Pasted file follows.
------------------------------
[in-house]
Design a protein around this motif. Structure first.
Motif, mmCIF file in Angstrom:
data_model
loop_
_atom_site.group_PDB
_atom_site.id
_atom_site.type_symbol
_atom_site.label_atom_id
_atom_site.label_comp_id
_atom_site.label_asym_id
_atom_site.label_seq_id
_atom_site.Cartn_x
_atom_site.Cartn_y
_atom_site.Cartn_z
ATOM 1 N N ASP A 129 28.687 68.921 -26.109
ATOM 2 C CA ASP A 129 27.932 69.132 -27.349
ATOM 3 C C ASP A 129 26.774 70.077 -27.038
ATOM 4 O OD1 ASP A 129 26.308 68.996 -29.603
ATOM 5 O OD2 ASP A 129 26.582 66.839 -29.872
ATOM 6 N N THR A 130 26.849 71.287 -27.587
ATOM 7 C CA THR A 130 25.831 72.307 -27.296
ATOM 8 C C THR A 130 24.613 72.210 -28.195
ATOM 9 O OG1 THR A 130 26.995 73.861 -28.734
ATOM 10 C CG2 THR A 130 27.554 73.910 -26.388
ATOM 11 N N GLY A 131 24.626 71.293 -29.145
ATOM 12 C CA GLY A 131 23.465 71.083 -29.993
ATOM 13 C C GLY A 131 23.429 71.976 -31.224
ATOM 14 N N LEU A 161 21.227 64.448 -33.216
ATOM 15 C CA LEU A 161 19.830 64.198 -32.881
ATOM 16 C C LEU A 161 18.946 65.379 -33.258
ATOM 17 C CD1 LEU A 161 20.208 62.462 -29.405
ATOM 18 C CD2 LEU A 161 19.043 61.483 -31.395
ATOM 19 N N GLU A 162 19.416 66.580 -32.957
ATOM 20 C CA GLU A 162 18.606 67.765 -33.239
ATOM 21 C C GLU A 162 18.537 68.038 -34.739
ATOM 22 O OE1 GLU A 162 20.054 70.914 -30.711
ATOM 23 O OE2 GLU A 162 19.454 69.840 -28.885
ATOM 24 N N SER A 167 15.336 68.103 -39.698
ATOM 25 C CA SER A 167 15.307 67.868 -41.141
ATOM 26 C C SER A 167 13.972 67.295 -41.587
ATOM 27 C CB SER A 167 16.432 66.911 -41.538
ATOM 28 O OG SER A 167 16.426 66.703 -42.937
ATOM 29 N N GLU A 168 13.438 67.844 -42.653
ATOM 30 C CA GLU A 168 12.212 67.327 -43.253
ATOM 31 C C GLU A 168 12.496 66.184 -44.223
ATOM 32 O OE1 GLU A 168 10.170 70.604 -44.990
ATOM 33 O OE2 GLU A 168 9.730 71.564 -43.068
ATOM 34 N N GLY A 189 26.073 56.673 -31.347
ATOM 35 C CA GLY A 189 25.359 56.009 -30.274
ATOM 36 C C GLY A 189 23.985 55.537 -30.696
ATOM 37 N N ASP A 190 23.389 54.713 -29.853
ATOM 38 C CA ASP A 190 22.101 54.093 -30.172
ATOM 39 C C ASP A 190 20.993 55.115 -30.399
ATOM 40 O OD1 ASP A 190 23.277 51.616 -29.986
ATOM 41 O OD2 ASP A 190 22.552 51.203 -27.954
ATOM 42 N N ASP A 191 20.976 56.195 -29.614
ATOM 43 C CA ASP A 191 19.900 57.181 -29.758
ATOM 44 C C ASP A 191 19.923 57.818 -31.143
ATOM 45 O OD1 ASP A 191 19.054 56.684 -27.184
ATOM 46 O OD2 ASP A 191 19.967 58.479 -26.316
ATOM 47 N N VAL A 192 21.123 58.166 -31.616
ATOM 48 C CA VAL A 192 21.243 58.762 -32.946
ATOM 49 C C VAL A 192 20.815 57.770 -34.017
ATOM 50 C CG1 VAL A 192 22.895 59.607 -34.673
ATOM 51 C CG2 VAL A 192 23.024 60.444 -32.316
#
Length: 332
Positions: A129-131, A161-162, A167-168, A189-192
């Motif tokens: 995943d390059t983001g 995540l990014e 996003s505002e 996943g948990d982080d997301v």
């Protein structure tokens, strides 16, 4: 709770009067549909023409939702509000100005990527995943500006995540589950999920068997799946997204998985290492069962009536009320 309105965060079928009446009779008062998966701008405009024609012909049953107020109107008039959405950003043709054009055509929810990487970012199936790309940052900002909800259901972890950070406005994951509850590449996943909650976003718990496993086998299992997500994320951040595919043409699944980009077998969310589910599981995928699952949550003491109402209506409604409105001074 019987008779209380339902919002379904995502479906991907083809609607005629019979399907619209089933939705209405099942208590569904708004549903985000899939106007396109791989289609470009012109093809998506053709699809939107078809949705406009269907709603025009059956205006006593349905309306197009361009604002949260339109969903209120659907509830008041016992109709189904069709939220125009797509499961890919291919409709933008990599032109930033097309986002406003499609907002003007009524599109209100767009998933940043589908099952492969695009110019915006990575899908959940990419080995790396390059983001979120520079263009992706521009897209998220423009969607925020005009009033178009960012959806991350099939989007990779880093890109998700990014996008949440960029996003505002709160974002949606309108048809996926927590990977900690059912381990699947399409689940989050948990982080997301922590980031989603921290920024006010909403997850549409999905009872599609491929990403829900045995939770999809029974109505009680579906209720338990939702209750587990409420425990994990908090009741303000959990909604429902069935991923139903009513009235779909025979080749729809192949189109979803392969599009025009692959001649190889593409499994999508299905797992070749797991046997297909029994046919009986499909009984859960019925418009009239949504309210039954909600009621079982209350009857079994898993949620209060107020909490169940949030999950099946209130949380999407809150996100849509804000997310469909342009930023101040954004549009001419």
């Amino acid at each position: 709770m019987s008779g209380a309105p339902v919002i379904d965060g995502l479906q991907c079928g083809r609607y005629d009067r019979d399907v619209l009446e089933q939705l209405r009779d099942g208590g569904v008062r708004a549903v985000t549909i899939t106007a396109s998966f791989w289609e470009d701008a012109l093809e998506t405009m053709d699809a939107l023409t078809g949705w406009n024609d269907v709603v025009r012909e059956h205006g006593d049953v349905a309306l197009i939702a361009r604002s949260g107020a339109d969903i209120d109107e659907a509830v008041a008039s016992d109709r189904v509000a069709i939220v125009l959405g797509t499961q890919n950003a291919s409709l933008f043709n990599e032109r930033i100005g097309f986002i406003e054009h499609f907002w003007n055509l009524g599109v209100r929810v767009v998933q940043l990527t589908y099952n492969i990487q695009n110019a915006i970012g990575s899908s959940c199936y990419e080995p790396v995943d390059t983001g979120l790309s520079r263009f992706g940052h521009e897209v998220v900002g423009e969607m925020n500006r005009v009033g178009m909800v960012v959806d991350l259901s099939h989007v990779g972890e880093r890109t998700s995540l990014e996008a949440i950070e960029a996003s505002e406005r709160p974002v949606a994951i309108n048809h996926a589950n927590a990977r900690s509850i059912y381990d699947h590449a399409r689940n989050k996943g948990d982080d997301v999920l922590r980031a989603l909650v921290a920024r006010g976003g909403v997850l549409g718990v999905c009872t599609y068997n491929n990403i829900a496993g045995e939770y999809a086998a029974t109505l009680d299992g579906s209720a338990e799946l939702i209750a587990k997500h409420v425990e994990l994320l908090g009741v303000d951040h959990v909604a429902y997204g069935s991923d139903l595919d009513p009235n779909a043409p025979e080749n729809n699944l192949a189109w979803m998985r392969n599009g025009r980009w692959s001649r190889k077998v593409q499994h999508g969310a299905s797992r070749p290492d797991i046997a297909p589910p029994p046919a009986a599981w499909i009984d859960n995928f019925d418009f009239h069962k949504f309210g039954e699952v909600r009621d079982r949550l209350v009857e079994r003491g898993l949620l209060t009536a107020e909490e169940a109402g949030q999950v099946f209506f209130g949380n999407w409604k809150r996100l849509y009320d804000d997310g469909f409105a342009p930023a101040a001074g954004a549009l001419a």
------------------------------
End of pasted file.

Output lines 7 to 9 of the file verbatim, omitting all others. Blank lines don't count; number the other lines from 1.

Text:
_atom_site.id
_atom_site.type_symbol
_atom_site.label_atom_id